Epinephrine injection versus epinephrine injection and a second endoscopic method in high-risk bleeding ulcers

Mercedes Vergara, Cathy Bennett, Xavier Calvet, Javier P. Gisbert

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41 Citations (Scopus)
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Background Endoscopic therapy reduces the rebleeding rate and the need for surgery in patients with bleeding peptic ulcers. Objectives To determine whether a second procedure improves haemostatic efficacy or patient outcomes or both after epinephrine injection in adults with high-risk bleeding ulcers. Search methods For our update in 2014, we searched the following versions of these databases, limited from June 2009 to May 2014: Ovid MEDLINE(R) 1946 to May Week 2 2014; Ovid MEDLINE(R) Daily Update May 22, 2014; Ovid MEDLINE(R) In-Process & Other Non-Indexed Citations May 22, 2014 (Appendix 1); Evidence-Based Medicine (EBM) Reviews—the Cochrane Central Register of Controlled Trials (CENTRAL) April 2014 (Appendix 2); and EMBASE 1980 to Week 20 2014 (Appendix 3). Selection criteria We included randomised controlled trials (RCTs) comparing epinephrine alone versus epinephrine plus a second method. Populations consisted of patients with high-risk bleeding peptic ulcers, that is, patients with haemorrhage from peptic ulcer disease (gastric or duodenal) with major stigmata of bleeding as defined by Forrest classification Ia (spurting haemorrhage), Ib (oozing haemorrhage), IIa (non-bleeding visible vessel) and IIb (adherent clot) (Forrest Ia-Ib-IIa-IIb). Data collection and analysis We used standard methodological procedures as expected by The Cochrane Collaboration. Meta-analysis was undertaken using a random-effects model; risk ratios (RRs) with 95% confidence intervals (CIs) are presented for dichotomous data. Main results Nineteen studies of 2033 initially randomly assigned participants were included, of which 11 used a second injected agent, five used a mechanical method (haemoclips) and three employed thermal methods. The risk of further bleeding after initial haemostasis was lower in the combination therapy groups than in the epinephrine alone group, regardless of which second procedure was applied (RR 0.53, 95% CI 0.35 to 0.81). Adding any second procedure significantly reduced the overall bleeding rate (persistent and recurrent bleeding) (RR 0.57, 95% CI 0.43 to 0.76) and the need for emergency surgery (RR 0.68, 95% CI 0.50 to 0.93). Mortality rates were not significantly different when either method was applied. Rebleeding in the 10 studies that scheduled a reendoscopy showed no difference between epinephrine and combined therapy; without second-look endoscopy, a statistically significant difference was observed between epinephrine and epinephrine and any second endoscopic method, with fewer participants rebleeding in the combined therapy group (nine studies) (RR 0.32, 95% CI 0.21 to 0.48). For ulcers of the Forrest Ia or Ib type (oozing or spurting), the addition of a second therapy significantly reduced the rebleeding rate (RR 0.66, 95% CI 0.49 to 0.88); this difference was not seen for type IIa (visible vessel) or type IIb (adherent clot) ulcers. Few procedure-related adverse effects were reported, and this finding was not statistically significantly different between groups. Few adverse events occurred, and no statistically significant difference was noted between groups. The addition of a second injected method reduced recurrent and persistent rebleeding rates and surgery rates in the combination therapy group, but these findings were not statistically significantly different. Significantly fewer participants died in the combined therapy group (RR 0.50, 95% CI 0.25 to 1.00). Epinephrine and a second mechanical method decreased recurrent and persistent bleeding (RR 0.31, 95% CI 0.18 to 0.54) and the need for emergency surgery (RR 0.20, 95% CI 0.06 to 0.62) but did not affect mortality rates. Epinephrine plus thermal methods decreased the rebleeding rate (RR 0.49, 95% CI 0.30 to 0.78) and the surgery rate (RR 0.20, 95% CI 0.06 to 0.62) but did not affect the mortality rate. Our risk of bias estimates show that risk of bias was low, as, although the type of study did not allow a double-blind trial, rebleeding, surgery and mortality were not dependent on subjective observation. Although some studies had limitations in their design or implementation, most were clear about important quality criteria, including randomisation and allocation concealment, sequence generation and blinding. Authors' conclusions Additional endoscopic treatment after epinephrine injection reduces further bleeding and the need for surgery in patients with high-risk bleeding peptic ulcer. The main adverse events include risk of perforation and gastric wall necrosis, the rates of which were low in our included studies and favoured neither epinephrine therapy nor combination therapy. The main conclusion is that combined therapy seems to work better than epinephrine alone. However, we cannot conclude that a particular form of treatment is equal or superior to another.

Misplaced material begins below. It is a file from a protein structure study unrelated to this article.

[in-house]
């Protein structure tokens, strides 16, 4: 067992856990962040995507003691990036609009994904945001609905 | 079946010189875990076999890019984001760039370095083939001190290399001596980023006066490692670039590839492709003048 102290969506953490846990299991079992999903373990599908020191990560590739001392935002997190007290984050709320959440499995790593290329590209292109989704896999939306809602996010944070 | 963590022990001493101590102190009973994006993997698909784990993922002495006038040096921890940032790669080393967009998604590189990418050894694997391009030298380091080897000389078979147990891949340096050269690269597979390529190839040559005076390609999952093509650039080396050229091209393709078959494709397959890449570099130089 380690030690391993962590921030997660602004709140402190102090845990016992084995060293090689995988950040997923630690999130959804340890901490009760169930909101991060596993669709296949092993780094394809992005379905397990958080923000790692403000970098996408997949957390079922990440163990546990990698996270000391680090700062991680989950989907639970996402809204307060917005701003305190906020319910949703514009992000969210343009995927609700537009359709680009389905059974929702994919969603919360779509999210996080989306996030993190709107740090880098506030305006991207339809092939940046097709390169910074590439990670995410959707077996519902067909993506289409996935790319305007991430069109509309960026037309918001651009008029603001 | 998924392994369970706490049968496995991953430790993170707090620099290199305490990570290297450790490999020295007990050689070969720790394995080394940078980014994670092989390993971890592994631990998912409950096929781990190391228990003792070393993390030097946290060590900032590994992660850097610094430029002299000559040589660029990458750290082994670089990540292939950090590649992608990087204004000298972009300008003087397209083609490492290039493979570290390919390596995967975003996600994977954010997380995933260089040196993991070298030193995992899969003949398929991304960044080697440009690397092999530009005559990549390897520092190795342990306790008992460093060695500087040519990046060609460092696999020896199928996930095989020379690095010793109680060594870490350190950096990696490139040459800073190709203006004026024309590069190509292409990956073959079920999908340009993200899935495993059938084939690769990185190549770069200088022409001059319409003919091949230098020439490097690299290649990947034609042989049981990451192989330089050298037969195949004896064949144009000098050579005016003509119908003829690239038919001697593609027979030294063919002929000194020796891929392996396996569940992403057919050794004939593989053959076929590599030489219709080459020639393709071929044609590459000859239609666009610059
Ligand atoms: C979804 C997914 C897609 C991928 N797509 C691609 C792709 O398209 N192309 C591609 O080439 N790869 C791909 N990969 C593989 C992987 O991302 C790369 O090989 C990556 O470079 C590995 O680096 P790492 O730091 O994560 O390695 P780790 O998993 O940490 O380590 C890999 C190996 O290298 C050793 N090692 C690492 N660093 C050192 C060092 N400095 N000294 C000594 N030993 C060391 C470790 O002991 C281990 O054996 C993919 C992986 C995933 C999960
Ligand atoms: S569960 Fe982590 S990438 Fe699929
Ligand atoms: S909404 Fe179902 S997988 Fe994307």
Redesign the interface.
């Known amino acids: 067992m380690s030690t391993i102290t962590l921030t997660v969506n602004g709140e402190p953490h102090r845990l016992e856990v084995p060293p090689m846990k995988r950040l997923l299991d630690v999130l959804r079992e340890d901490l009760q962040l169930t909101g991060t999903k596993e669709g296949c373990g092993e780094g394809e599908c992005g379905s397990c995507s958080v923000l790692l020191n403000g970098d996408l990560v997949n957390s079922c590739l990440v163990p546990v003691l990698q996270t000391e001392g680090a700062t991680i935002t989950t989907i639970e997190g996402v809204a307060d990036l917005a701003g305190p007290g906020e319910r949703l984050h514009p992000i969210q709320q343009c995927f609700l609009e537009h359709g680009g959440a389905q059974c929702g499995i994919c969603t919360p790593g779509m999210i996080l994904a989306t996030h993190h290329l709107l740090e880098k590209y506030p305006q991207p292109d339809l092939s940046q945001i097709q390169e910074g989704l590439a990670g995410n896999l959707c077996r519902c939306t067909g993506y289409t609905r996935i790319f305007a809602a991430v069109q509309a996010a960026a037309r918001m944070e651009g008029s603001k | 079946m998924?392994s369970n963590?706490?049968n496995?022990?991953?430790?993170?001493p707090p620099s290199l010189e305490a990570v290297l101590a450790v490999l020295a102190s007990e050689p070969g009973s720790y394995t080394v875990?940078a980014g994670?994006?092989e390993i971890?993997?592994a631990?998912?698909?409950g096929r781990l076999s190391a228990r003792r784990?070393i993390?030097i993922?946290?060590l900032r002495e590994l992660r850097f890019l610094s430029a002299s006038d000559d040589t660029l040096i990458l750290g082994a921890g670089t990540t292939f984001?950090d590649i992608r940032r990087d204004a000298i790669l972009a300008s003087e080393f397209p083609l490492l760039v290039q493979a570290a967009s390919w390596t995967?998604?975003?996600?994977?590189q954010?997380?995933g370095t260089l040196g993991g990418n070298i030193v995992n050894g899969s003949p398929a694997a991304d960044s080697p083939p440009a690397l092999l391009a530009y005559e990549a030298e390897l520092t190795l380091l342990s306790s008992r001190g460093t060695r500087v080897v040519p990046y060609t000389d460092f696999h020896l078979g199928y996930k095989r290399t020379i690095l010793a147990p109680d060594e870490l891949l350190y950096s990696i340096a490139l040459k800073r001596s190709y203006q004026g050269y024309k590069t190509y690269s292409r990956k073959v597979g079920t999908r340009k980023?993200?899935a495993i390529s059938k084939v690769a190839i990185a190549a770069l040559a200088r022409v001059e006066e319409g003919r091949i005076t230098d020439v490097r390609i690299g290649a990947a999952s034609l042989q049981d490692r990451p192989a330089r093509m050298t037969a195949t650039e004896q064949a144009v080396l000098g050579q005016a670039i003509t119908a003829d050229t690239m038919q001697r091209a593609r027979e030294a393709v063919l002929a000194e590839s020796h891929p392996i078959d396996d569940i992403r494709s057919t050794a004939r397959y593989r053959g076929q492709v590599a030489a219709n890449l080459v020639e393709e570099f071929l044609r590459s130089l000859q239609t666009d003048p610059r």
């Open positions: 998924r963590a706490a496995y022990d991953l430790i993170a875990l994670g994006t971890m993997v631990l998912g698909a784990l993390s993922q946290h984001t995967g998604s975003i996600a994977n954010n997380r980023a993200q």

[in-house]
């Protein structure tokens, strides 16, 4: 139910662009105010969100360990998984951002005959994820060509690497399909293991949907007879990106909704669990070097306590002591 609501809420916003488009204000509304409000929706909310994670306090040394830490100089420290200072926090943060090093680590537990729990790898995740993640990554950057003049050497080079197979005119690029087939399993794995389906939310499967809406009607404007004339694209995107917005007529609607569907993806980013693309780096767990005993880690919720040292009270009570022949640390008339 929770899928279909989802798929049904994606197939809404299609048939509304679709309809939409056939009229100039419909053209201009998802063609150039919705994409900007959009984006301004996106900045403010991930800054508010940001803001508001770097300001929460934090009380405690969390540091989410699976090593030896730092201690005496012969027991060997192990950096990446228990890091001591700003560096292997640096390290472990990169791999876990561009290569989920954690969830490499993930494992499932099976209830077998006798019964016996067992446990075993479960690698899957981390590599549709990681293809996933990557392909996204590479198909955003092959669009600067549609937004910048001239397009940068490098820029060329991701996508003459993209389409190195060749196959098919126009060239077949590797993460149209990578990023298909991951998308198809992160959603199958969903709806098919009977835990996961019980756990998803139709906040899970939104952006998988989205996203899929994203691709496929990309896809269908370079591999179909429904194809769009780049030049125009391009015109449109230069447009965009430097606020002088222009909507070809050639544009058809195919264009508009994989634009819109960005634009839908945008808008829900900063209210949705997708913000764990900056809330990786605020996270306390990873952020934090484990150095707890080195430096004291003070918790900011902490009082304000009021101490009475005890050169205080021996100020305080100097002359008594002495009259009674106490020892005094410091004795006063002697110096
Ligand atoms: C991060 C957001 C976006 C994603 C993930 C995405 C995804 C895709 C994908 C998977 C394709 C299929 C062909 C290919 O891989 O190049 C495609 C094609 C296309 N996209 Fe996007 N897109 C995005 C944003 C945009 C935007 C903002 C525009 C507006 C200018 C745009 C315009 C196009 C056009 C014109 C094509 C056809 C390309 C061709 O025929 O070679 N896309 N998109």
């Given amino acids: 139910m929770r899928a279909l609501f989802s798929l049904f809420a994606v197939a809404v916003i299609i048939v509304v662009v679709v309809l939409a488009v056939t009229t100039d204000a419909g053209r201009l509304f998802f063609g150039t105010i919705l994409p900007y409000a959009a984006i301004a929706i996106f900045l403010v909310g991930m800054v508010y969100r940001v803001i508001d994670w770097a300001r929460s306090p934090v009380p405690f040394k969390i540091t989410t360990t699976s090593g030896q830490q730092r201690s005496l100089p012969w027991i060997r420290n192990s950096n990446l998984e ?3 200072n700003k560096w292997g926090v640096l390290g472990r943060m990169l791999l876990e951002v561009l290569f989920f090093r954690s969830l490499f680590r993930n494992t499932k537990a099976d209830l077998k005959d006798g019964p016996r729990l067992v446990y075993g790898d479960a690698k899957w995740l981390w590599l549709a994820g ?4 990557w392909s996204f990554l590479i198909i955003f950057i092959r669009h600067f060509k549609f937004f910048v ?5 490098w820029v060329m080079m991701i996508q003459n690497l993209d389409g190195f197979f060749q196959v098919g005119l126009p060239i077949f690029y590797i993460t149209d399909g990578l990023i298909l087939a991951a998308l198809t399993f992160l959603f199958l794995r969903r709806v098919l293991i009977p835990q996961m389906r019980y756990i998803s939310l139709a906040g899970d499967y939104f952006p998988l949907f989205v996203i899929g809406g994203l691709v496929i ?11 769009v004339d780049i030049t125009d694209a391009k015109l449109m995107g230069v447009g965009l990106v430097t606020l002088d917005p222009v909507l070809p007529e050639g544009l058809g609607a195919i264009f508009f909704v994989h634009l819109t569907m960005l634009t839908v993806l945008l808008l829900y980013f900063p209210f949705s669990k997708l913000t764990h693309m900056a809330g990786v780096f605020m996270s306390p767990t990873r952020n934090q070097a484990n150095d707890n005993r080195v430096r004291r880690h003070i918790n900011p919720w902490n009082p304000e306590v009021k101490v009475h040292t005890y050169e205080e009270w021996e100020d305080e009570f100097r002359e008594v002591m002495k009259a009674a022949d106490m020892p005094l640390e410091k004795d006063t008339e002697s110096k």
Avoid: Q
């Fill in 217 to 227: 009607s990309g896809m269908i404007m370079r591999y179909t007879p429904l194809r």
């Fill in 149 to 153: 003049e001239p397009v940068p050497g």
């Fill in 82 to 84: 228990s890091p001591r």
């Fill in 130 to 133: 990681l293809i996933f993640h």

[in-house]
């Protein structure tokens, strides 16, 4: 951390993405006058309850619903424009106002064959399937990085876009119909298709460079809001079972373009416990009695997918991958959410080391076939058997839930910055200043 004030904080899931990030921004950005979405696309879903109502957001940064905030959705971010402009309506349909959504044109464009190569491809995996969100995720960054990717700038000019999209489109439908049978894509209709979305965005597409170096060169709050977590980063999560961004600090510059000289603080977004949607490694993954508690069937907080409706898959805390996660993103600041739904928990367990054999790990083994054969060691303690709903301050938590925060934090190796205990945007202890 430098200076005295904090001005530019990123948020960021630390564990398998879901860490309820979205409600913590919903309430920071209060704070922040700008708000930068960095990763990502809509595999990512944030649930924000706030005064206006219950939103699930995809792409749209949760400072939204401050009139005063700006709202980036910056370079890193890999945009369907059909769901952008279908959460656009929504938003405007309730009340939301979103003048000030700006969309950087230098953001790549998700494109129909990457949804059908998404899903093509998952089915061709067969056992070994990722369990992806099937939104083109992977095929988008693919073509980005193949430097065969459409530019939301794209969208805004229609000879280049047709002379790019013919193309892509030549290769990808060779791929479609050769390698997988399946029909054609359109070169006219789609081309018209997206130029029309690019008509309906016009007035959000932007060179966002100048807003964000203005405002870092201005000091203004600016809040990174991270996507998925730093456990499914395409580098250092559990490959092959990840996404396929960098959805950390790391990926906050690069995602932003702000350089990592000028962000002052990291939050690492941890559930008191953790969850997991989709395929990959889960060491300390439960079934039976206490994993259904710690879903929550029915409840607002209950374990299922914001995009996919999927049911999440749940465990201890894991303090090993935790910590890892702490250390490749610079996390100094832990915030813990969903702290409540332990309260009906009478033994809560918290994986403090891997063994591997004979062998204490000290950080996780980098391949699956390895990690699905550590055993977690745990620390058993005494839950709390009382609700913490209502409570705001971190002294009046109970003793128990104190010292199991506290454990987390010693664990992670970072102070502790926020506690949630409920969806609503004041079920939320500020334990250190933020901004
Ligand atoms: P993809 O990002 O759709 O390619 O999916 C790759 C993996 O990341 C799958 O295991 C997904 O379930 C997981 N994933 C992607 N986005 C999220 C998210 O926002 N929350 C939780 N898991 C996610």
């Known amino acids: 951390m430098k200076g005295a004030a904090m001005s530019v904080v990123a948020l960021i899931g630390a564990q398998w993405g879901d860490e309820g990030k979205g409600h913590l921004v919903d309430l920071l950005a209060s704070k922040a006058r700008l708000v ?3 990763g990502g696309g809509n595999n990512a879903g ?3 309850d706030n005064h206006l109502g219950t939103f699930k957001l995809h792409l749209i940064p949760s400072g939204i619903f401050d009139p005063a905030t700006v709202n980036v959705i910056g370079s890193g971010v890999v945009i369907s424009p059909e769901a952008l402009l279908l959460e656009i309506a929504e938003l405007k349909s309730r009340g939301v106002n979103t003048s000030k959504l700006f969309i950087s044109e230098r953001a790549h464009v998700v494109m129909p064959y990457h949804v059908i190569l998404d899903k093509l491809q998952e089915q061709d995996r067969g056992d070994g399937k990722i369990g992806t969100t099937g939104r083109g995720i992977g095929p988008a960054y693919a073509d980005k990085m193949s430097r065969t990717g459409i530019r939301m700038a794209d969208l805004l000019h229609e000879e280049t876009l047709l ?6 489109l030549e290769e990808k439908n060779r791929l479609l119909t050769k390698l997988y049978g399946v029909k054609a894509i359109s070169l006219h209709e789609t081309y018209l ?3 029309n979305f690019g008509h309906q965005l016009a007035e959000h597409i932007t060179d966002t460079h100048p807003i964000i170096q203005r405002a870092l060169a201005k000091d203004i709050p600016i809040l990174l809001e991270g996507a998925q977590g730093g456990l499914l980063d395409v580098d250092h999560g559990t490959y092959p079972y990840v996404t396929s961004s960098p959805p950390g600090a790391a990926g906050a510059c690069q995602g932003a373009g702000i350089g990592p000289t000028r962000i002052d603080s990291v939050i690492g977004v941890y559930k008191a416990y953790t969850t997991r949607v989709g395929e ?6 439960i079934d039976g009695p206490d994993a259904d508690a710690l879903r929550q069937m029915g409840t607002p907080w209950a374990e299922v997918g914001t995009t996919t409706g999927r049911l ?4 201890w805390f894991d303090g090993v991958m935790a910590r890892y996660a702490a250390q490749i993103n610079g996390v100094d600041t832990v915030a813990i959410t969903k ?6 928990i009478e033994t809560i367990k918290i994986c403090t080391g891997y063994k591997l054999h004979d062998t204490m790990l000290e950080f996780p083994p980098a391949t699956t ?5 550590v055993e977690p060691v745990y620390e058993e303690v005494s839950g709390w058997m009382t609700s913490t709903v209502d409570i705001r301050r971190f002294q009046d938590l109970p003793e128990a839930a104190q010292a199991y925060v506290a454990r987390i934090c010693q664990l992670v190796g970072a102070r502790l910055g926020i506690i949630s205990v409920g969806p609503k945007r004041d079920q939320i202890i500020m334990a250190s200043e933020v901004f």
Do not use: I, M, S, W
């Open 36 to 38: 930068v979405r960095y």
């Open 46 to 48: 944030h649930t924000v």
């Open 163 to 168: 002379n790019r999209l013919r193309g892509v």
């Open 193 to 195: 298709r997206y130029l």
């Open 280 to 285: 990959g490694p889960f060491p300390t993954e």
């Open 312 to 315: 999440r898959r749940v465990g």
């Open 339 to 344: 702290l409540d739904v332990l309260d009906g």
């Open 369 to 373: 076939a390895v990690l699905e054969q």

Original languageEnglish
Article numberCD005584
JournalCochrane Database of Systematic Reviews
Issue number10
Publication statusPublished - 13 Oct 2014


  • epinephrine injection
  • bleeding peptic ulcers
  • endoscopic therapy


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